Mexico City - The wrought iron railings of the Mexico City Metropolitan Cathedral have been adorned with Don Quixote illustrations as part of an open-air exhibition to commemorate the 400th anniversary of the death of Miguel de Cervantes (1547-1616).
The "El Quijote. Imagenes y artistas" (Quixote: Images and Artists) exhibit, inaugurated Tuesday by the Cultural Center of Spain in Mexico and the Mexico City-based Franz Mayer Museum, features illustrations from different Don Quixote editions.
Those illustrations are part of the Franz Mayer Museum's Rogerio Casas-Alatriste H. Library, which houses one of the most important Quixote collections in the Americas.
The museum's director, Hector Rivero, said Mayer's collection contained "nearly 11,000 objects, plus a collection of rare books and collectors books," including around 800 different editions of the Cervantes' masterpiece from 1605 to 1905.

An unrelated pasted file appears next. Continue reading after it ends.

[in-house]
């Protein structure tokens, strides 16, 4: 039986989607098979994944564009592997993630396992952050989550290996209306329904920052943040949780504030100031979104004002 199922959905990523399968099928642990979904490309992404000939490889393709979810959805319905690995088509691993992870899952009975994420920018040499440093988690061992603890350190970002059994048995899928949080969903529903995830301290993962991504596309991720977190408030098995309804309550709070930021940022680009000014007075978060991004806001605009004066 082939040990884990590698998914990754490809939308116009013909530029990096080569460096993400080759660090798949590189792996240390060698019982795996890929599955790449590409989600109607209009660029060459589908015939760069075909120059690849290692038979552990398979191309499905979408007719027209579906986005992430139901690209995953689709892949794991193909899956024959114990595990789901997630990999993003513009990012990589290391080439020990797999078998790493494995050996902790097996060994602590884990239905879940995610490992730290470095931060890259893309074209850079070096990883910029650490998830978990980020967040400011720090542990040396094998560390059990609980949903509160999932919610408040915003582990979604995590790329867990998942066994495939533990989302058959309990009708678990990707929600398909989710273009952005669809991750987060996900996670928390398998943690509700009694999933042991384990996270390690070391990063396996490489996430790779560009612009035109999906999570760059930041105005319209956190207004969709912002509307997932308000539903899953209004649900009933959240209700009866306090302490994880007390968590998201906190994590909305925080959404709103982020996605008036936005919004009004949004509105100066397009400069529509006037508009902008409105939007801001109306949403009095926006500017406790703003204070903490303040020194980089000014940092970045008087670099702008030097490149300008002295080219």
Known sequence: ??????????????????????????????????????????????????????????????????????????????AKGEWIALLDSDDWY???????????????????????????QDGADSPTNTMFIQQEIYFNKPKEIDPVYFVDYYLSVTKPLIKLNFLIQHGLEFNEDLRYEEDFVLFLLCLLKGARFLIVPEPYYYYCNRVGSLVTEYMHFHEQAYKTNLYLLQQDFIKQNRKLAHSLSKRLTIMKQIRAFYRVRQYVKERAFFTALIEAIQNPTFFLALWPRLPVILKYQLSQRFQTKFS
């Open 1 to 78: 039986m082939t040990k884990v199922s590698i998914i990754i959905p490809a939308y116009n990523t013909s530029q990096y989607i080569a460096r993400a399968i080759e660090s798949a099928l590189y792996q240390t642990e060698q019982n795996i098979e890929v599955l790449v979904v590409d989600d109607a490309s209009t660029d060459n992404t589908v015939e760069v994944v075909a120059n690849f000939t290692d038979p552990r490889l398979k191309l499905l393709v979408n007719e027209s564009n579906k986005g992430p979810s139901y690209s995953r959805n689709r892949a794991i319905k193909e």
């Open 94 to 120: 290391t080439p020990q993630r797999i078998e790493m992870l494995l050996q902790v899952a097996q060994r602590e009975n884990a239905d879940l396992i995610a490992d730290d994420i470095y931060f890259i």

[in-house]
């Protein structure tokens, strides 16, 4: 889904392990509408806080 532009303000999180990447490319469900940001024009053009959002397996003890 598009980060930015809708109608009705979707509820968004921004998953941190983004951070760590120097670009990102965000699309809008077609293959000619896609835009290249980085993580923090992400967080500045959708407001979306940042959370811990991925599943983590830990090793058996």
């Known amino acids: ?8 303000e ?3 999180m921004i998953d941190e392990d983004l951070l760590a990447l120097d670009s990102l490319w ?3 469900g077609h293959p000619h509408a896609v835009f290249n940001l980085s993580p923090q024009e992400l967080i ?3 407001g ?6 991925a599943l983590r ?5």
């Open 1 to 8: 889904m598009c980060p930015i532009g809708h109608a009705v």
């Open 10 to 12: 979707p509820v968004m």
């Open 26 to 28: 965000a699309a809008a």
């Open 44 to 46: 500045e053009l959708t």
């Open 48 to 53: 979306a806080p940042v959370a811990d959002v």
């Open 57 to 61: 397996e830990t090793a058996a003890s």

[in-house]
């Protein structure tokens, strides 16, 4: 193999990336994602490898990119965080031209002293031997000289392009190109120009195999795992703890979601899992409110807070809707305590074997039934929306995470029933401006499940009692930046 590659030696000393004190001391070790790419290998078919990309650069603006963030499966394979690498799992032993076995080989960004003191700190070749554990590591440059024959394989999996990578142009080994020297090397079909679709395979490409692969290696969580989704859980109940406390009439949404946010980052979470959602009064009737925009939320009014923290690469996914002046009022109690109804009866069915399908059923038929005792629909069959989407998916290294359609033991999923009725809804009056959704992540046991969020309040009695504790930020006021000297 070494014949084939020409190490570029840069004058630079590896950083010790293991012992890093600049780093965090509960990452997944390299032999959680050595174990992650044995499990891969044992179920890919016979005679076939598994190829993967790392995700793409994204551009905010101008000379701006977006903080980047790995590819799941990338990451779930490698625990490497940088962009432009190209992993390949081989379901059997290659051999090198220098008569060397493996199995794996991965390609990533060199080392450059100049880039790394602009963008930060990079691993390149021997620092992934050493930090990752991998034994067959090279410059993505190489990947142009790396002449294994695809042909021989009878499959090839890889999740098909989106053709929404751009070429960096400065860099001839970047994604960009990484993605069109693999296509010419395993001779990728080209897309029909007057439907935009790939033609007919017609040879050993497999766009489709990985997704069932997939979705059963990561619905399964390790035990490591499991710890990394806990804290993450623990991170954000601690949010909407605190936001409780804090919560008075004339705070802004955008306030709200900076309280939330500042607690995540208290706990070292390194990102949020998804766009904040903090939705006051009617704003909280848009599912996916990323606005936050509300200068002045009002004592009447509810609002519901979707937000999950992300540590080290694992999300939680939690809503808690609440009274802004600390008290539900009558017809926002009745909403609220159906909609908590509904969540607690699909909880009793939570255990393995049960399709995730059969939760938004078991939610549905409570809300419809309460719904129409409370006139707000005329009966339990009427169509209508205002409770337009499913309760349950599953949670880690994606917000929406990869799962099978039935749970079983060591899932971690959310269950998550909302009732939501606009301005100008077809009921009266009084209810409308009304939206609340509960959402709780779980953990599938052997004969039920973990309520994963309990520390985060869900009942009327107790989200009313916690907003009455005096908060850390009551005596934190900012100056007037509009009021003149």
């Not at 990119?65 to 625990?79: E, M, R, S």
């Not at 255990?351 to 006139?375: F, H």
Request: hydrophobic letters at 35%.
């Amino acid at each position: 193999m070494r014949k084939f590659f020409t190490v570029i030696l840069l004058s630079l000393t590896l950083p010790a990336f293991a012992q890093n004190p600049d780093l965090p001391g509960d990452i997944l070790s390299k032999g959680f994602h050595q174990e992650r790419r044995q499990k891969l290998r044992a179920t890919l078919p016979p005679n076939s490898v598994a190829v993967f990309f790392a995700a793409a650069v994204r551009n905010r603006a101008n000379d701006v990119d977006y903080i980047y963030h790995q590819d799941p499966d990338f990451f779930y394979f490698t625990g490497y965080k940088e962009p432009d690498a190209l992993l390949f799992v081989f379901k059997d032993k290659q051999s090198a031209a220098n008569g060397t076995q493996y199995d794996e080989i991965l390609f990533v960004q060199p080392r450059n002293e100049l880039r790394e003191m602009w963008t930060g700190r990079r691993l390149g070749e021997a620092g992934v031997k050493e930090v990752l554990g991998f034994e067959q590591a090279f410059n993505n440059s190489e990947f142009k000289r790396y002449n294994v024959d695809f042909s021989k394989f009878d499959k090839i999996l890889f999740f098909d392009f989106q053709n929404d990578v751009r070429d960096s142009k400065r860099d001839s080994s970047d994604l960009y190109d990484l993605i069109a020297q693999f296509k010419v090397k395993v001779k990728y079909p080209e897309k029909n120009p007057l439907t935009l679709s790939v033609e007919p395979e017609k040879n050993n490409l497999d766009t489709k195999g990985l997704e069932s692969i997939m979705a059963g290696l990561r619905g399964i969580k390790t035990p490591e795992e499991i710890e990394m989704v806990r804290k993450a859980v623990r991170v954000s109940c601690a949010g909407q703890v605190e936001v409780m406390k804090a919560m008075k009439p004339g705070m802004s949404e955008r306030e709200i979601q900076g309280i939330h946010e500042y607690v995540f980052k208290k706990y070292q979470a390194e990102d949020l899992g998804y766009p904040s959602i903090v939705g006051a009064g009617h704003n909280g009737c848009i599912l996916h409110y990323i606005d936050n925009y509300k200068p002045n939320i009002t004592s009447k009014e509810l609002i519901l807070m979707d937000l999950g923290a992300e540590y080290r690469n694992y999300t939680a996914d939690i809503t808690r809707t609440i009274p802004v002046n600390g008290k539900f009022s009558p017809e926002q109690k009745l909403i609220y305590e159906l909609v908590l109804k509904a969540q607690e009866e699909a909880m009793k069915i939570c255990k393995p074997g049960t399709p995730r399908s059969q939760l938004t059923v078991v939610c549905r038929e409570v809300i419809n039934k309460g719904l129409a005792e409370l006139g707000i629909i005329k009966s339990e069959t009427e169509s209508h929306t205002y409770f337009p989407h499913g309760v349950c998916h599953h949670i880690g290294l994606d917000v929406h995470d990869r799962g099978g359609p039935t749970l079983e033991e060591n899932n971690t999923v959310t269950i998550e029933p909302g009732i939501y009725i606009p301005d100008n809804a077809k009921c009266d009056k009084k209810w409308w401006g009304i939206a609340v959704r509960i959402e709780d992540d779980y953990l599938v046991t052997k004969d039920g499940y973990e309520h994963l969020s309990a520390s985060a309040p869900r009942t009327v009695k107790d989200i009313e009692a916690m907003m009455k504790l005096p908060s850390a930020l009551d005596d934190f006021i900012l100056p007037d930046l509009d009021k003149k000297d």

High-quality photographs were taken of 60 different illustrations from those editions and, of those, 21 were selected to grace the cathedral railings on the side facing Calle Republica de Guatemala for the open-air exhibit.
"The one I like the most is that of Gustave Dore, a 19th-century French illustrator, which was perhaps the best-known," Carlos Ruiz, cultural attache at the Spanish Embassy in Mexico and director of the Cultural Center of Spain in Mexico, told EFE.Referring to Dore's illustration, which depicts Alonso Quijano (Don Quixote) and the books of chivalry that drove him mad, he said that work of art was the "most representative because it portrays a very bitter Don Quixote, very grief-stricken ... (and) very accurately reflects the hidalgo's personality."